How I Got Fresh Cilantro and Parsley to Last 3 Weeks

How I Got Fresh Cilantro and Parsley to Last 3 Weeks

Since my cooking style is simple and healthy, it is so important to me that I use the best and freshest ingredients whenever possible, because I use relatively few items. In the past, I have found it challenging to keep cilantro, parsley and basil last longer than one week. For months I have been trying out different methods of storing fresh herbs. I even purchased a container that uses a special carbon filter to absorb the gases. I am pleased to tell you that the best and cheapest method I’ve found is to store cilantro and parsley in “covered” Mason jars with some water!

How I Got Fresh Cilantro and Parsley to Last 3 Weeks

I purchased my herbs on September 5th. When I got home, I trimmed the ends and added 1½-inches of  cold water to the Mason jars. Then I covered the herbs and the jars with the plastic bags that they came in and placed them in the refrigerator. Every couple of days I would replace the water.

How I Got Fresh Cilantro and Parsley to Last 3 Weeks

The picture above was taken on September 26th, exactly three weeks. The cilantro is starting to turn yellow, but still good enough for me to make my cilantro pesto!

Since I don’t have my own little herb garden, indoors or outdoors, this is probably the best way to store these two particular herbs. Unfortunately, the lighting in my house is not conducive to growing herbs indoors. Growing outdoors is challenging, because I live in the desert. But next spring I’m going to try to grow them in some kind of self-watering container, so that I will be able to grow my own parsley, cilantro, basil and mint! I hope that this post will help some of you foodies out there!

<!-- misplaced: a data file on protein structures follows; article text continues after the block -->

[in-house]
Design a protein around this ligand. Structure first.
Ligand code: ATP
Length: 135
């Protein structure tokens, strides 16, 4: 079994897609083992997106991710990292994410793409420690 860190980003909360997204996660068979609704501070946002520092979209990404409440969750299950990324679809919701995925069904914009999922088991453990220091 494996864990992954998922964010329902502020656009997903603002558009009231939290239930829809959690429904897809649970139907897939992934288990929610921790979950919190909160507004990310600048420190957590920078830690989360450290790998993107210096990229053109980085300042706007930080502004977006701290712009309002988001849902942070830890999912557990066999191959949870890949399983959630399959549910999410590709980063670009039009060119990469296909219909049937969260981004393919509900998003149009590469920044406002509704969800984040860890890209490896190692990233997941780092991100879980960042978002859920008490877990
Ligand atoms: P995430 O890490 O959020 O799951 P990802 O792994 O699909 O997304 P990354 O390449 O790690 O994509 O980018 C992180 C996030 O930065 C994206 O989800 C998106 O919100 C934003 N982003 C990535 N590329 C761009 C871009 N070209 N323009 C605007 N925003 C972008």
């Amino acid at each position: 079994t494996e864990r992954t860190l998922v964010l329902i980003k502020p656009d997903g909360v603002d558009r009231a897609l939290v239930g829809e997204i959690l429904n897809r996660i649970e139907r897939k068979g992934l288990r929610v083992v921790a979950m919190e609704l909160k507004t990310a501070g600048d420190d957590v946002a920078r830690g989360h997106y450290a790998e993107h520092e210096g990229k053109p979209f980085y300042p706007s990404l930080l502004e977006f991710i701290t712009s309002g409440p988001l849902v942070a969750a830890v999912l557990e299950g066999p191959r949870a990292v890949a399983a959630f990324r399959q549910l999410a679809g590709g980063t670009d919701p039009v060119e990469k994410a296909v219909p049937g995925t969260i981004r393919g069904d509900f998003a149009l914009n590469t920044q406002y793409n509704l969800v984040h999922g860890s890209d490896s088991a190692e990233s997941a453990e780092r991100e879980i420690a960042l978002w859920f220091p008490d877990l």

Storing Unused Ginger

Ginger 2

How many times have you bought fresh ginger only to use a small portion and the rest goes bad? This has happened to me too many times, so I decided to research how I can store fresh ginger. The method that made the most sense to me was the one where you freeze 1 teaspoon portions of grated ginger.

  1. Peel the ginger using a vegetable peeler.
  2. Grate the ginger.
  3. Pack the ginger in a teaspoon.
  4. Place the “scoop of ginger” on a plate lined with parchment paper.
  5. Put in freezer.
  6. Once frozen, place frozen “scoops” in a plastic bag and put back in freezer. Use within 3 months.